Can we send trainees on duty to out station (out of states in India) who are appointed as per standing orders? Is there any legal complications for that? Kindly give your advise.
From India, Bangalore

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There is nothing wrong in sending them to other states provided the same is required as part of their training program. For example, you have appointed a trainee to work in Kerala and suppose as part of his training program he has to under go training in a machinery which is not there in Kerala plant but is available in your Karnataka facility, then you can send him to Karnataka. At the same time, if he is appointed to work in Kerala and due to your business exigencies you transfer him to Karnataka, then it will be view as an attempt on the part of employer to engage workers as trainees on regular jobs. There are cases where the trainees working in the night shift and working in the same manner in which regular workers are employed were considered as workers even though they were appointed as per standing orders.
From India, Kannur
However, you should ensure that they are paid all allowances and also facilities that are normally extended to permanent employees. Best wishes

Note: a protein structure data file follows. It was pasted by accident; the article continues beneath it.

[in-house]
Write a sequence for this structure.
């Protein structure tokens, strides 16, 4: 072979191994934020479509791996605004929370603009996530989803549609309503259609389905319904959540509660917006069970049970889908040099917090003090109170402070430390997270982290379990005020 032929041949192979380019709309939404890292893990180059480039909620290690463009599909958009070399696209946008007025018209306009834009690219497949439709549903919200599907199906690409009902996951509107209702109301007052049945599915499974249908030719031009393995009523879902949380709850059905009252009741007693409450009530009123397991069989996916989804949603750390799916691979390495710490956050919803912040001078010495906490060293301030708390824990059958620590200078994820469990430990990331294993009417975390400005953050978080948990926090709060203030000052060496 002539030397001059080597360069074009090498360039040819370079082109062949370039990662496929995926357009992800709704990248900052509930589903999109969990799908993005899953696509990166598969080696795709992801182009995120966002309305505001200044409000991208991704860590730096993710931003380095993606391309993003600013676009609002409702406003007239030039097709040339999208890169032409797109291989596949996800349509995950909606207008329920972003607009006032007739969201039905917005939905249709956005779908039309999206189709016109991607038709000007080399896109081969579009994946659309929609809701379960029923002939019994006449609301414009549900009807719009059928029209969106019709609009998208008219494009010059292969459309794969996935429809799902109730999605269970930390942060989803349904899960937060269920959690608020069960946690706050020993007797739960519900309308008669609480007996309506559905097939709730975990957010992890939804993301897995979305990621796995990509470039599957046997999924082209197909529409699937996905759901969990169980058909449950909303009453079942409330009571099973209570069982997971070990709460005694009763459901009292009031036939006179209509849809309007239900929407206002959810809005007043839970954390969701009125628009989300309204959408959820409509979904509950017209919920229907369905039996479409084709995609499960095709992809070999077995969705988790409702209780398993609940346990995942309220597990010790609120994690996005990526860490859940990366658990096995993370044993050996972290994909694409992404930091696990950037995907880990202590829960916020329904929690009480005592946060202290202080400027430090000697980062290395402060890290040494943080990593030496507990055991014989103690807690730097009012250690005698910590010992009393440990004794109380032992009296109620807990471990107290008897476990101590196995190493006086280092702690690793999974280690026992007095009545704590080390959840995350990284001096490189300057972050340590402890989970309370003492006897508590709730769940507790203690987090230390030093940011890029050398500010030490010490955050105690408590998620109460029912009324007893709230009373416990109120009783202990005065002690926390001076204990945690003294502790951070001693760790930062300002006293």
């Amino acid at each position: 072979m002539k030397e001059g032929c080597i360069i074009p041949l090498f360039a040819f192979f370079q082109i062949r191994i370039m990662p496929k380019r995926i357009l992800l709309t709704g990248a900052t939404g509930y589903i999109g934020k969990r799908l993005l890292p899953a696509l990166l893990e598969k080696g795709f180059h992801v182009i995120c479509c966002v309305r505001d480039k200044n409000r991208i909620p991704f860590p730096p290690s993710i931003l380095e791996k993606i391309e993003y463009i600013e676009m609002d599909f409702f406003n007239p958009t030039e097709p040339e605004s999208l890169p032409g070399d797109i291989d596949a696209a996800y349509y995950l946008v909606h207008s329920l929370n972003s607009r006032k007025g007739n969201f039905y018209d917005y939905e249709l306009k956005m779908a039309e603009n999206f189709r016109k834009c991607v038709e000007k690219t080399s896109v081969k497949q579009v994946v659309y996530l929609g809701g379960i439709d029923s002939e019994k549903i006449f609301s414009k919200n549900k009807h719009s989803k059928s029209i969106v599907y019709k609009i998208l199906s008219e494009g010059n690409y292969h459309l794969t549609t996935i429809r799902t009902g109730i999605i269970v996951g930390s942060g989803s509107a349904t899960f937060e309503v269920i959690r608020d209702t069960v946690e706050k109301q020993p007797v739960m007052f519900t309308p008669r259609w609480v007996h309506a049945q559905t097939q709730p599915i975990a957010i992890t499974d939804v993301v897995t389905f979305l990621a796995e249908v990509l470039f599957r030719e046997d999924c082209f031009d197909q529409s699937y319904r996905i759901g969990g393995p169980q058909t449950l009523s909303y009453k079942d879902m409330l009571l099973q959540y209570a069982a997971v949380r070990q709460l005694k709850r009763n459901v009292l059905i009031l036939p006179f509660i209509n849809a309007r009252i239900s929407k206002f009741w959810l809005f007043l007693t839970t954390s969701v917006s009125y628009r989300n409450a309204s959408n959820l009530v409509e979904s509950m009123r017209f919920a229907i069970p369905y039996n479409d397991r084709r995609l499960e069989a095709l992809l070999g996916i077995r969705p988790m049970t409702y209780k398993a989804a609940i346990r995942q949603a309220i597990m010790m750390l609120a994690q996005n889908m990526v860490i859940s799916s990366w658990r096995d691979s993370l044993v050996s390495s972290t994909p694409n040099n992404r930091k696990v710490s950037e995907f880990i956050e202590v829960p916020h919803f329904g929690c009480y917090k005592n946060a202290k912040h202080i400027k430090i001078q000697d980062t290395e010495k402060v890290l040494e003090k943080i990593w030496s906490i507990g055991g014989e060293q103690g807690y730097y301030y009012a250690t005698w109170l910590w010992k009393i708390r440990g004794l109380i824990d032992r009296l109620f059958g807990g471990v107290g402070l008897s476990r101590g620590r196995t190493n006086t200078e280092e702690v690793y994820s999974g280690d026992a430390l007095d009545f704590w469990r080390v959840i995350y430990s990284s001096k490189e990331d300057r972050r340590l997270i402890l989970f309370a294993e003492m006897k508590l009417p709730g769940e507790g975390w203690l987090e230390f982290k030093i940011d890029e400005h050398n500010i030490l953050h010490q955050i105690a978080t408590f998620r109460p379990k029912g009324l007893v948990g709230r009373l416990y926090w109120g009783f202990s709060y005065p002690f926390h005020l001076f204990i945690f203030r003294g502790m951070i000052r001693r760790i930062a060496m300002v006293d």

From India
I would say that if they are genuine trainees you should not give any outstation allowance which is available to permanent workers. If you think that as part of training program they have to work in another plant, you can incorporate the same in the training program itself and the trainees are expected to manage the show without any special allowance from the company. By paying anything extra you will be establishing yourself that for your business requirements you need the trainees to work in another plant and this will later on become an evidence to show that the training is just for name sake but in practice all are regular workers only. It will be worth reading the court ruling in Sree Ram Narayan Mills Ltd vs Employees Provident Fund in which the Court has observed that It is clear from the decision of the Division Bench of this Court, cited supra, that the apprentices, who are doing the regular work, ought to be considered as the employees of the establishment concerned and not mere apprentices.
From India, Kannur

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